This is a special guest post by contributor Megan Santiago of Holistic Momma, a natural anxiety relief focused blog from a psychotherapist in training.
What Makes a Food Good For Mental Health?
Many factors can play a role in mental health, such as foods that reduce inflammation, improve gut health, and are real, whole foods rich in vitamins and minerals. Brain inflammation has contributed to many different disorders such as anxiety, ADHD, depression, and more.
Organic foods have a higher nutrient content and lower pesticide content. Organic produce is delivered to have higher polyphenol (antioxidant) content and higher anti-inflammatory omega-3s than dairy products. Organic produce contains lower levels of heavy metals and higher nutritional value. Therefore choosing organic when you can, adds up over time and can help you get the most significant amount of nutrition in every meal. (Mie et al., 2017)
How Do Foods Affect Your Mental Health?
Let’s say it this way; we can acknowledge that we get “hangry” when we go without food for long periods, right? Also, we recognize that nutrition plays a role in body composition?
Well, then it’s clear that food can affect our mental health.
This is because we often get “hangry.” After all, serotonin is mainly produced in the gut, and when it is low, hence the hangriness. Also, inflammation can cause a whole host of problems; just like it can cause pain and sickness in our bodies, it can also affect our mental health.
That’s why these foods cover different aspects of mental health, including adrenal and neurotransmitter function as well as energy, blood sugar balance, and more.
One cup of avocado contains around 67 mg of magnesium; it is recommended that you take roughly 300mg per day. Adding avocados to your daily diet has many benefits, including magnesium for its anxiety benefits.
In addition, it has around 200 mcg of folate and 1,116 mg of potassium, which your body can not keep its levels of potassium up without consuming around 400-800mg per day and a cup of avocado. Adults over 18 are recommended to take at least 2,000mg per day; low levels of potassium can cause memory loss. In addition, low levels of folate can cause irritability, difficulty concentrating, and headaches.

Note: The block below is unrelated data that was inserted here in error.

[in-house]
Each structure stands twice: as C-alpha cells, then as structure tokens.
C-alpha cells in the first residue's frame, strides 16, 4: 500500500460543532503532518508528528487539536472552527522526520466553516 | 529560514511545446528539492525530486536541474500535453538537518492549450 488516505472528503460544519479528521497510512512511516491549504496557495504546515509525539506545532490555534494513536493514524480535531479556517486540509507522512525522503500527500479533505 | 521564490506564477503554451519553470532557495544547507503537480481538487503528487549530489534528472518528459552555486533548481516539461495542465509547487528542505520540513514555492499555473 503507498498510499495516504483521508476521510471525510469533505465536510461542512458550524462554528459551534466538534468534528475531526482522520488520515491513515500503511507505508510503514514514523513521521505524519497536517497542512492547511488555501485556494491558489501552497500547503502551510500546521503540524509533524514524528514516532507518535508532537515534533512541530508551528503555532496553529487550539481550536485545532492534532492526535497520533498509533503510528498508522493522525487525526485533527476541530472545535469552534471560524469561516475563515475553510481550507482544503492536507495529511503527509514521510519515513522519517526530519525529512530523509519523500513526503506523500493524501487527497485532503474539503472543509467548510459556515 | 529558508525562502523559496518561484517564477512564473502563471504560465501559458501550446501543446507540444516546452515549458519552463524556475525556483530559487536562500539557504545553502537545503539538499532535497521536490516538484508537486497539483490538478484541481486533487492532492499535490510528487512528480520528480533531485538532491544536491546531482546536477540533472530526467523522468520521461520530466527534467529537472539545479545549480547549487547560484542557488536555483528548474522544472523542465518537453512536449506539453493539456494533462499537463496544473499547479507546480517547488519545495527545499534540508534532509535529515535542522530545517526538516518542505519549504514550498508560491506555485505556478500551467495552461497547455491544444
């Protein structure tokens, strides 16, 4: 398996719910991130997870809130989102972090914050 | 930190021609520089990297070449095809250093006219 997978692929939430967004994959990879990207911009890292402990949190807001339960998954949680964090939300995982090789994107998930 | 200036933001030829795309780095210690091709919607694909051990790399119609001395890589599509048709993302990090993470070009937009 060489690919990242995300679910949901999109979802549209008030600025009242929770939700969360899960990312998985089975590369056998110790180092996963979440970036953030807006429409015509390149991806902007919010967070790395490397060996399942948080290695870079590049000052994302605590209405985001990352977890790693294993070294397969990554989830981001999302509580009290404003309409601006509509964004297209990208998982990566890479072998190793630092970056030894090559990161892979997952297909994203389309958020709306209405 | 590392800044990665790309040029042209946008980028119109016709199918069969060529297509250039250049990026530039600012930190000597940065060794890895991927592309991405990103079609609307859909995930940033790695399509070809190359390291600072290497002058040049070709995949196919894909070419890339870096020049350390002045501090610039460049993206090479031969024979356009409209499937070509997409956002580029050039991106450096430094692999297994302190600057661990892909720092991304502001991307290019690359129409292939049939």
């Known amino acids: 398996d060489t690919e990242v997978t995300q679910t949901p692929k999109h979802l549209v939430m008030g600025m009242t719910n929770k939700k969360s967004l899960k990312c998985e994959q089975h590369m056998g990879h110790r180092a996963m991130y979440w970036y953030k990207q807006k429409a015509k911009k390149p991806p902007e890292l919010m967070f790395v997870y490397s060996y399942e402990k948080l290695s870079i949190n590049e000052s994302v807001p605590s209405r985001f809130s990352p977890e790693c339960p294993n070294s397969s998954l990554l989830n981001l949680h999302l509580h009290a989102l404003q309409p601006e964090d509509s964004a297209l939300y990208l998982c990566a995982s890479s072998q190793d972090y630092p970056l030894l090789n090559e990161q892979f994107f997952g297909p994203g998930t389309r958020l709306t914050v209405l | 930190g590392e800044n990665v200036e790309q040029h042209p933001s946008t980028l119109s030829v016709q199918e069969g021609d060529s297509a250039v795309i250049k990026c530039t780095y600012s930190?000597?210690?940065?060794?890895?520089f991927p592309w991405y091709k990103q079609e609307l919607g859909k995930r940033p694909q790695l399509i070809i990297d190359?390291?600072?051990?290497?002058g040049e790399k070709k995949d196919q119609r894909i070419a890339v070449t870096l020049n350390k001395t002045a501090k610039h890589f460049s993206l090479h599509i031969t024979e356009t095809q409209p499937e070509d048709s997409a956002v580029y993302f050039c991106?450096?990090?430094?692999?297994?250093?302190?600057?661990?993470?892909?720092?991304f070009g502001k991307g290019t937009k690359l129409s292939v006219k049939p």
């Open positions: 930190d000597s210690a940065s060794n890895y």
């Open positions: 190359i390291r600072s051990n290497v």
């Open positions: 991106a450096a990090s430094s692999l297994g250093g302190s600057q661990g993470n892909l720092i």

Avocados are a great source of healthy fats along with brain fuel from the many vitamins and minerals they contain.
Sprouted Organic Brown Rice
Brown rice contains fiber and protein, which helps balance blood sugar and energy. It also contains nutrients that support a healthy mind, such as niacin for depression and magnesium, and is high in amino acids like glycine, glutamine, etc.
Sprouted grains, nuts, and seeds are easier to break down and absorb the vitamins and minerals.
Bone broth contains around 7-10g of protein per serving, not to mention potassium and magnesium. Bone broth is beneficial for gut health, and an easy way to add it to your diet is by cooking meat or rice. When your recipe says to use “chicken stock,” swap it for chicken bone broth to improve your gut health.
This is more of a drink, but green tea is rich in antioxidants such as polyphenols and EGCG. Green tea has anti-cancer benefits such as EGCG inducing apoptosis (cell death), and cancer increases cell production. Our bodies contain an antioxidant defense to respond to stress. Antioxidants help minimize inflammation and improve our body’s ability to fight stress-induced disorders such as generalized anxiety disorder and even schizophrenia and depression. (Gautam et al., 2012)